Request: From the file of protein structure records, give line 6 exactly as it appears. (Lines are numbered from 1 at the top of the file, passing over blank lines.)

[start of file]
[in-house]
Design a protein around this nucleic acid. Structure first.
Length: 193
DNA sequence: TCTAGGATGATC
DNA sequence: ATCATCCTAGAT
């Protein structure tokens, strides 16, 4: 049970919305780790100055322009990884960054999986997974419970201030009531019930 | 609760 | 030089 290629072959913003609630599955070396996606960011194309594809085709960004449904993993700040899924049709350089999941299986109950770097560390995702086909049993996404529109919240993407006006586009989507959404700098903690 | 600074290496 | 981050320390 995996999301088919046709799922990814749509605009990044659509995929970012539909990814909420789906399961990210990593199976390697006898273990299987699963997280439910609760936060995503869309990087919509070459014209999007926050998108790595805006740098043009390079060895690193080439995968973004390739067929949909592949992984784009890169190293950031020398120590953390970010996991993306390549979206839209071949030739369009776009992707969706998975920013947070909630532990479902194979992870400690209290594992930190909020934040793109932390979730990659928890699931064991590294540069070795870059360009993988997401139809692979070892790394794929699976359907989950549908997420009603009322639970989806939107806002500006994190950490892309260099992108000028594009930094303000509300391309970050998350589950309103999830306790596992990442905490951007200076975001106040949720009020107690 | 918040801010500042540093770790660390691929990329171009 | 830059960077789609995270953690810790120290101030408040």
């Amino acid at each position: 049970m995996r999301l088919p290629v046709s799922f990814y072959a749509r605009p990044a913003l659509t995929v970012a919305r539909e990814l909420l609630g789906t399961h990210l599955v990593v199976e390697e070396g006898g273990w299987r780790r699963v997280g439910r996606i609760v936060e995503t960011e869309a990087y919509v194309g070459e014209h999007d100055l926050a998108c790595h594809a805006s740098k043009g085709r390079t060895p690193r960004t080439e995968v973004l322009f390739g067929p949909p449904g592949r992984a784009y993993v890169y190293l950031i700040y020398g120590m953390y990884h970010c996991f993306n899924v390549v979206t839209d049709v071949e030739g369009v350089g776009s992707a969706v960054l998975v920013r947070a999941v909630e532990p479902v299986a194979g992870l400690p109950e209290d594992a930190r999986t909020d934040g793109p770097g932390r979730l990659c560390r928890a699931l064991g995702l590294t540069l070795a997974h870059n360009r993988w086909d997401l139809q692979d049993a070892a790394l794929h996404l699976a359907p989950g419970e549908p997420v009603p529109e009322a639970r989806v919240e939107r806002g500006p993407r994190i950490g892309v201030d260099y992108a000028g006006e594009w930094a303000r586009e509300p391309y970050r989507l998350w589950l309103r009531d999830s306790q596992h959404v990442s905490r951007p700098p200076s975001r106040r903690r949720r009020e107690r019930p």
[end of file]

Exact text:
């Protein structure tokens, strides 16, 4: 049970919305780790100055322009990884960054999986997974419970201030009531019930 | 609760 | 030089 290629072959913003609630599955070396996606960011194309594809085709960004449904993993700040899924049709350089999941299986109950770097560390995702086909049993996404529109919240993407006006586009989507959404700098903690 | 600074290496 | 981050320390 995996999301088919046709799922990814749509605009990044659509995929970012539909990814909420789906399961990210990593199976390697006898273990299987699963997280439910609760936060995503869309990087919509070459014209999007926050998108790595805006740098043009390079060895690193080439995968973004390739067929949909592949992984784009890169190293950031020398120590953390970010996991993306390549979206839209071949030739369009776009992707969706998975920013947070909630532990479902194979992870400690209290594992930190909020934040793109932390979730990659928890699931064991590294540069070795870059360009993988997401139809692979070892790394794929699976359907989950549908997420009603009322639970989806939107806002500006994190950490892309260099992108000028594009930094303000509300391309970050998350589950309103999830306790596992990442905490951007200076975001106040949720009020107690 | 918040801010500042540093770790660390691929990329171009 | 830059960077789609995270953690810790120290101030408040």